MBA program recognized for skills

For the third time in four years, GW’s MBA program for environmental management has been recognized for its leadership in training students.

The World Resources Institute, an organization that seeks to balance the relationship between business success and social and environmental progress, will present a plaque to Susan Philips, dean of the School of Business and Public Management, Friday.

WRI announced with partner Aspen Institute for Social Innovation Through Business that GW was one of five schools to receive the “cutting edge MBA program distinction” in late October. The two organizations rated environmental management programs worldwide for their ability to incorporate environmental teaching into their core and elective courses.

“We are pleased that GW’s business school is accelerating solutions to environment and development challenges,” WRI media director Adilai Amor said.

The review cited GW’s strong faculty and administrative support, which has enabled SBPM to create one of the top programs for environmental management in the country.

“Our success can be attributed to three sources: students, faculty and administrators,” said Mark Starik, a GW Strategic Management and Public Policy professor.

Starik directs SMPP’s Environmental and Social Sustainability Initiative, which encourages research to better inform business, government and non-profit organizations on how to be successful while remaining environmentally conscious.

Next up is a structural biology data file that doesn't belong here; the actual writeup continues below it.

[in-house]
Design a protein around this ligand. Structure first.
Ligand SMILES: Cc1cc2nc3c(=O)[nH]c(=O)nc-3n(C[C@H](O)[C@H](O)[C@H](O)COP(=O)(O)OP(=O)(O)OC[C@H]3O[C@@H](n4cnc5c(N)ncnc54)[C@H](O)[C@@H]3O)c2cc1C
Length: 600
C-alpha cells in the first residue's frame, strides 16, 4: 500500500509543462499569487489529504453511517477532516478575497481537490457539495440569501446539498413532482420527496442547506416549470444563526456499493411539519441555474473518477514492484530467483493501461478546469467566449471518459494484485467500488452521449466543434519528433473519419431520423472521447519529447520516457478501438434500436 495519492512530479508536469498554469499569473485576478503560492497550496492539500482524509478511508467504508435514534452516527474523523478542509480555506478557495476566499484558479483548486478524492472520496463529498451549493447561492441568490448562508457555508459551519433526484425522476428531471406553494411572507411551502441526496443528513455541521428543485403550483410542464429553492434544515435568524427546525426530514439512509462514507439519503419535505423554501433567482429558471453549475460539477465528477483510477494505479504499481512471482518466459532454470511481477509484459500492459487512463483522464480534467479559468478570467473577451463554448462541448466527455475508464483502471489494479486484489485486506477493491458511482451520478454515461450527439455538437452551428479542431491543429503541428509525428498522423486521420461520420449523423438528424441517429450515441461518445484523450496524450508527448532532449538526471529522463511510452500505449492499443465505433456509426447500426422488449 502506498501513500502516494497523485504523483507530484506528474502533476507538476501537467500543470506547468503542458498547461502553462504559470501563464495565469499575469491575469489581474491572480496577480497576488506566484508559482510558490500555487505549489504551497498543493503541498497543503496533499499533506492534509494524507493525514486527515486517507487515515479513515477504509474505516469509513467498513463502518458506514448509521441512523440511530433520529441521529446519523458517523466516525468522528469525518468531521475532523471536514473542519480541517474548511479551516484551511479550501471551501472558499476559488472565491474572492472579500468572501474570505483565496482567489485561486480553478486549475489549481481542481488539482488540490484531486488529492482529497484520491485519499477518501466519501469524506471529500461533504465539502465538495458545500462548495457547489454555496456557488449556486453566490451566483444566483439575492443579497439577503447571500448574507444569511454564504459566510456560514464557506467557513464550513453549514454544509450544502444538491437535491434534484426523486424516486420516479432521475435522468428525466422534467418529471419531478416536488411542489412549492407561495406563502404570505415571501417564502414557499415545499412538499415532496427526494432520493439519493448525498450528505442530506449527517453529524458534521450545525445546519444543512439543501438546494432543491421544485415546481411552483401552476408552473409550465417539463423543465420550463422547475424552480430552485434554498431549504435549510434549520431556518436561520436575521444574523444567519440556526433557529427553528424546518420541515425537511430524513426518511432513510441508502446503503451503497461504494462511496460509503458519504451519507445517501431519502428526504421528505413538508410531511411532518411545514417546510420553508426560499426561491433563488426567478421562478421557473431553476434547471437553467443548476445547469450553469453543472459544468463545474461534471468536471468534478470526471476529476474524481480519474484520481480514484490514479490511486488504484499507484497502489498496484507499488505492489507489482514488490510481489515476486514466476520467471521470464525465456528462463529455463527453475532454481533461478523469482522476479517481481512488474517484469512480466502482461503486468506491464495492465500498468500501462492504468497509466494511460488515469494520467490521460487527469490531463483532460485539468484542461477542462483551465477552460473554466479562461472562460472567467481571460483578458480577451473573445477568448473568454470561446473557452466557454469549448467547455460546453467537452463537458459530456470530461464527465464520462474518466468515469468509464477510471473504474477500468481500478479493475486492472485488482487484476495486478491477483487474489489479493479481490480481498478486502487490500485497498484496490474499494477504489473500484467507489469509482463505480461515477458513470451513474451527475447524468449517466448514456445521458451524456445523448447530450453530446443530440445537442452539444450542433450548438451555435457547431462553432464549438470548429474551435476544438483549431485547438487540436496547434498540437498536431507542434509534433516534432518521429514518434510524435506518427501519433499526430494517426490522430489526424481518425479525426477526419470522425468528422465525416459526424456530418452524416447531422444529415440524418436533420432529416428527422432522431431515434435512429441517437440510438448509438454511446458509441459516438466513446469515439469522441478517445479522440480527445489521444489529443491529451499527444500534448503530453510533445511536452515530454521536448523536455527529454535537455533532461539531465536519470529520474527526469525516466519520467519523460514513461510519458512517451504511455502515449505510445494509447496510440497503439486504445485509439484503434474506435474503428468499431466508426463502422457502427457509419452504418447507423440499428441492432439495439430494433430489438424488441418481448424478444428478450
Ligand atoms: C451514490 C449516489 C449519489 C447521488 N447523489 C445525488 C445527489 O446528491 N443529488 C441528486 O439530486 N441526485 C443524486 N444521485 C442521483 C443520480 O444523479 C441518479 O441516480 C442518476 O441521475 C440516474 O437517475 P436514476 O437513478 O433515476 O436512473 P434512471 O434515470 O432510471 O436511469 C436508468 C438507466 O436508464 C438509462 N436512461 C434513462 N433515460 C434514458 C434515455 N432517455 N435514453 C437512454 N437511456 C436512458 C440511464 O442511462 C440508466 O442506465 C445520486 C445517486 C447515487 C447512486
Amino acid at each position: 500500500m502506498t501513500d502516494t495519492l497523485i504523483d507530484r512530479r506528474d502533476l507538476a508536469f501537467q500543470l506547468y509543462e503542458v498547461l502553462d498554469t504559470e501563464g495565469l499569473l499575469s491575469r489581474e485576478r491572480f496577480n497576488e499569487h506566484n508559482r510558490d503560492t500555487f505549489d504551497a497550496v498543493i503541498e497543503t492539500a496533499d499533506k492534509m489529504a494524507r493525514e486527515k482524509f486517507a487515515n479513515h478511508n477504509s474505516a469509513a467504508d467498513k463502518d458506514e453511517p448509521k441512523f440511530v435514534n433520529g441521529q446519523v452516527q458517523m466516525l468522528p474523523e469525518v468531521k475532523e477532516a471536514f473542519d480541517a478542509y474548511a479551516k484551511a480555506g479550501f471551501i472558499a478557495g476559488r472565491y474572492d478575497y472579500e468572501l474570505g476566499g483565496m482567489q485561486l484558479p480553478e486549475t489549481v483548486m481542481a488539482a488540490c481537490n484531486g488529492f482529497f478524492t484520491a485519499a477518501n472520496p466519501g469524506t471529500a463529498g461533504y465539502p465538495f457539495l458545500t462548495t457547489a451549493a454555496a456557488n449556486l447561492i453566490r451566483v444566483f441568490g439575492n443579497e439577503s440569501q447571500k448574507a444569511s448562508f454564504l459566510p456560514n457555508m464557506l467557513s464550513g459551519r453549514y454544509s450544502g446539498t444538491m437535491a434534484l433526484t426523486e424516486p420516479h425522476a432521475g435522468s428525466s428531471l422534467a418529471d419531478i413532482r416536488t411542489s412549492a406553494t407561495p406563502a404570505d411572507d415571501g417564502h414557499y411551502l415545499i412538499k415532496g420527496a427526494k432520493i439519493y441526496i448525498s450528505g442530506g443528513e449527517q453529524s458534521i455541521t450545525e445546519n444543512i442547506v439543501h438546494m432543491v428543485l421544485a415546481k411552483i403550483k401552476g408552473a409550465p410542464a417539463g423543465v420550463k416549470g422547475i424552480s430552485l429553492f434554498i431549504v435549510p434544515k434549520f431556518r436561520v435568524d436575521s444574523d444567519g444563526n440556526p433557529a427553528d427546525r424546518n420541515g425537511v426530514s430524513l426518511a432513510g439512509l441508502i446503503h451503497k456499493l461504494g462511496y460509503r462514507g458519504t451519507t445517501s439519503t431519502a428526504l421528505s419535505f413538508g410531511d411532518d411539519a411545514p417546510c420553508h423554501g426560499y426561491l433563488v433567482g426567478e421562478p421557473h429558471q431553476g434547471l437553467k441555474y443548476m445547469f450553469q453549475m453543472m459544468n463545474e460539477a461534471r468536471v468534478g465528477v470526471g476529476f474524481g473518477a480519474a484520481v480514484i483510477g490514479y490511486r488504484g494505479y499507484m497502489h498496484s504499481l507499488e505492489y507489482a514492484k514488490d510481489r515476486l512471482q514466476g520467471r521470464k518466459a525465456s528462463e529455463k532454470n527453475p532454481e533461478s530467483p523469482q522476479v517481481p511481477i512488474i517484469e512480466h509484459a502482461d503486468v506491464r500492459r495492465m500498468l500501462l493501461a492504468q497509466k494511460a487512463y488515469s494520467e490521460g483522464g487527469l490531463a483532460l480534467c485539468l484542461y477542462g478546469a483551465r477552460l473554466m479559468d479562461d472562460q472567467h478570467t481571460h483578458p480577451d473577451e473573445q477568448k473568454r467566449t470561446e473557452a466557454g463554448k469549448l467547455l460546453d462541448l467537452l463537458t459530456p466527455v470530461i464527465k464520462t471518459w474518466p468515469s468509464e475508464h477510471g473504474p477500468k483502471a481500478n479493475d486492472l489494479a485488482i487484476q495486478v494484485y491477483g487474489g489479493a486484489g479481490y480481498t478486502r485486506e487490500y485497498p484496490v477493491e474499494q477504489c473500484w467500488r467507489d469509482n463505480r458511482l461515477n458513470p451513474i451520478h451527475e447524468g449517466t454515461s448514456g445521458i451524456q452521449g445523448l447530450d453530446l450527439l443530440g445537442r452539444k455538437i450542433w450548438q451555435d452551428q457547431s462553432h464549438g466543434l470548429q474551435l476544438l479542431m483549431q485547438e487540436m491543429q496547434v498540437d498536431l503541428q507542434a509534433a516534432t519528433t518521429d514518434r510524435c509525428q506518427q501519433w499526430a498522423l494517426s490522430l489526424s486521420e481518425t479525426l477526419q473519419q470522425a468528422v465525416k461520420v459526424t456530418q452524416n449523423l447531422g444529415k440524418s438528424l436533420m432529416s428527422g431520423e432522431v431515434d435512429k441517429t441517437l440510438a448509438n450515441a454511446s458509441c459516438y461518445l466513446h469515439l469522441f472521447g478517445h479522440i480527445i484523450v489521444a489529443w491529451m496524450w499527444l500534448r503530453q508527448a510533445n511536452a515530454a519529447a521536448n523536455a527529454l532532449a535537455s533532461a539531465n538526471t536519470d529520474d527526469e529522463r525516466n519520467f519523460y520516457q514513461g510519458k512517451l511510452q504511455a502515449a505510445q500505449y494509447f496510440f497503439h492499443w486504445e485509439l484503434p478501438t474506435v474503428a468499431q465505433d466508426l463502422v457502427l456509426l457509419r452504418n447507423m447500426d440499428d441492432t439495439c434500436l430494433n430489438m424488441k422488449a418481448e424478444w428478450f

He said master’s degree students helped to develop GW’s Environmental Policy and Management concentration which was recognized by WRI and the Aspen Institute.

Students also formed a new Graduate Environmental Professionals Association, Starik said.

Students have also conducted some “excellent” environmental research projects, volunteered at on-campus environmental conferences and participated in annual Earthweek activities, he said.

“After winning the award I definitely feel more job security by graduating from GW MBA program,” said Tim Schaeffer, a second-year MBA student “It makes us unique.”

GW joins four other schools for the leading environmental management MBA programs, including University of Michigan Business School, University of North Carolina Business School, University of Jyvaeskylae School of Business and Economics in Finland and Yale University School of Management.

“Other colleges offer just one or two courses, GW offers hundreds of
classes that we can choose from.” Schaeffer said. “This enables us to pick the class that we are truly interested in.”

The institutes presented the award Oct. 31 at a ceremony hosted by City Group in New York City. Dean Phillips will accept a plaque at 10:15 a.m. in the Media and Public Affairs building basement auditorium Friday.

“SBPM is looking forward to continuing to improve the quality and expand the quantity of environmental offerings, activities and results in the years ahead and welcomes students, faculty, and administrators throughout GW to join with us to make this University a truly sustainable institution of higher learning,” Starik said.

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